GOLF’s latest ranking of the Top 100 Courses in the U.S. can be read two ways: as a source of spirited grill-room debate, or as a swift kick in the pants.
Boy, are there a lot of good spots to play. The only sticking point is that most of them are private. So, what’s the best way to see them without crashing the gate or sneaking, unseen, underneath the fence? And once you’re on the grounds, what are the unwritten codes of conduct?
Steve Lapper is a GOLF course rater. He’s also part-owner of a private club, so he gets out quite a bit as both a host and a guest. Etiquette tips for playing a Top 100 course? Here are Lapper’s top 7 takeaways.
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1. Take Part in a Charity Event
This isn’t so much etiquette as economics. A large number of Top 100 clubs host charity outings, open to anyone who can pay the entrance fees, which, Lapper says, usually range from $400 to $1,000 per spot. Not a bad way to go if you’ve got the dough.
2. Get Invited by a Member
This is another straightforward path, but there are still right and wrong ways to go about it. In general, it’s best not to force it.
Pretend you’re back in high school and trying to land a prom date. You don’t want to come off as desperate or pushy. Make your interest (gently) known — many members of top clubs are proud to show their courses to outsiders who are genuinely keen to see them — and let the chips fall where they may.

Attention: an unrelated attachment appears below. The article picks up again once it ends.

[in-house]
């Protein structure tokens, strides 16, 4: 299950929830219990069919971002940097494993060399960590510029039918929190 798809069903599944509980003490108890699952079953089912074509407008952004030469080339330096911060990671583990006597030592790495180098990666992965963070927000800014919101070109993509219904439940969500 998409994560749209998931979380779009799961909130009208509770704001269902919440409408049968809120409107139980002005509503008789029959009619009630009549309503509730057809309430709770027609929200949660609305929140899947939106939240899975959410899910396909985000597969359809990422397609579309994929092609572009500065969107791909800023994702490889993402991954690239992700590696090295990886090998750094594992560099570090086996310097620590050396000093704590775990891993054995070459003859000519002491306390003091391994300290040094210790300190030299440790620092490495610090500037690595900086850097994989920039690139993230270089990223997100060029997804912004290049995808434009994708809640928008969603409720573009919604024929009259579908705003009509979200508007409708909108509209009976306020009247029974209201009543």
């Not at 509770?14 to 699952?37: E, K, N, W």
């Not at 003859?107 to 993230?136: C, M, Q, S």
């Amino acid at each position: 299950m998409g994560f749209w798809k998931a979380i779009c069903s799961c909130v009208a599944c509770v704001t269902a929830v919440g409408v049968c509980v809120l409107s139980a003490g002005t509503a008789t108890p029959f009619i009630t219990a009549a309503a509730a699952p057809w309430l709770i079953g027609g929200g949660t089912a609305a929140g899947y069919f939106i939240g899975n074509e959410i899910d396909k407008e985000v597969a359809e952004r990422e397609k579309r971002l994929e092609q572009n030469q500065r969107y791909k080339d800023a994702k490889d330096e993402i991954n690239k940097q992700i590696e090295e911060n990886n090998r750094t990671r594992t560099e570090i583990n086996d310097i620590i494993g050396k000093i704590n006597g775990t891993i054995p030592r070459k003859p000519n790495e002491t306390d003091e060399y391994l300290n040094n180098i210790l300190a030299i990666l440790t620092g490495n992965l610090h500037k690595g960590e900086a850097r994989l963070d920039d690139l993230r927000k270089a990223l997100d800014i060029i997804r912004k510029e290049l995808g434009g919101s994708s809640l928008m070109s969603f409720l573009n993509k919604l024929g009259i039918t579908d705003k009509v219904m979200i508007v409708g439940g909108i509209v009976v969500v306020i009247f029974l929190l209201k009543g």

3. Write a Letter to the Club
Granted, this won’t get you on at Augusta. But in some cases, a sincere, well-crafted letter to the club has the power to open doors. As part owner of a course, Lapper says he fields a fair amount of correspondence.
“When a letter comes from someone who seems genuinely interested in the club’s history or architecture, it can definitely be persuasive,” he says. “It’s a different story if they seem like a trophy hunter, just looking to cross another course off their list.”
Once You’re There
4. Know the Basics
What are the dress codes? Are caddies required? Any specific protocols you need to follow? Start by calling the club or checking the club’s website for answers to these questions. If you still need clarity on some detail or another (Do you have the green light to tip the bag drop guy, or is flashing cash like that considered gauche?) a polite query to your host in advance is perfectly okay.
5. Covering Costs
This is a potentially awkward conversation, best saved for the least potentially awkward setting, so not on the first tee and not mid-round. Nor does Lapper recommend waiting till the 19th hole, as by then your host is apt to have concluded that you are cheapskate. (Hey, maybe he’s right.)
Instead, Lapper recommends a discrete conversation toward the end of your round, as you’re coming up 17 or 18. Tell your host that you greatly enjoyed the day and that you’d very much like to cover your guest fees. It’s likely that your offer will be declined. Don’t push the issue. But it’s pretty standard practice for guests to cover their host’s caddie fees, so you aren’t out of line to politely insist on that.
6. The Golden Rule
You just shot 136 and, mid-way through the round, your cellphone buzzed with a text from your spouse, requesting a divorce. So it’s been a bad day, but that’s no excuse. You should still abide by what your grandma taught you: treat everyone, from the parking lot attendant to the locker room shoe guy, as you like to be treated. Come to think of it, treat them even better than that.
7. Send a Thank-You Gift
A nice bottle of wine. A great book on course design. A well-considered gift makes for a gracious gesture. You can bring it to the course and hand it off in person, so long as you don’t make a grand show about it. But Lapper recommends mailing it after to spare your host the hassle of lugging it around. “It is,” Lapper says, “a slightly classier touch.”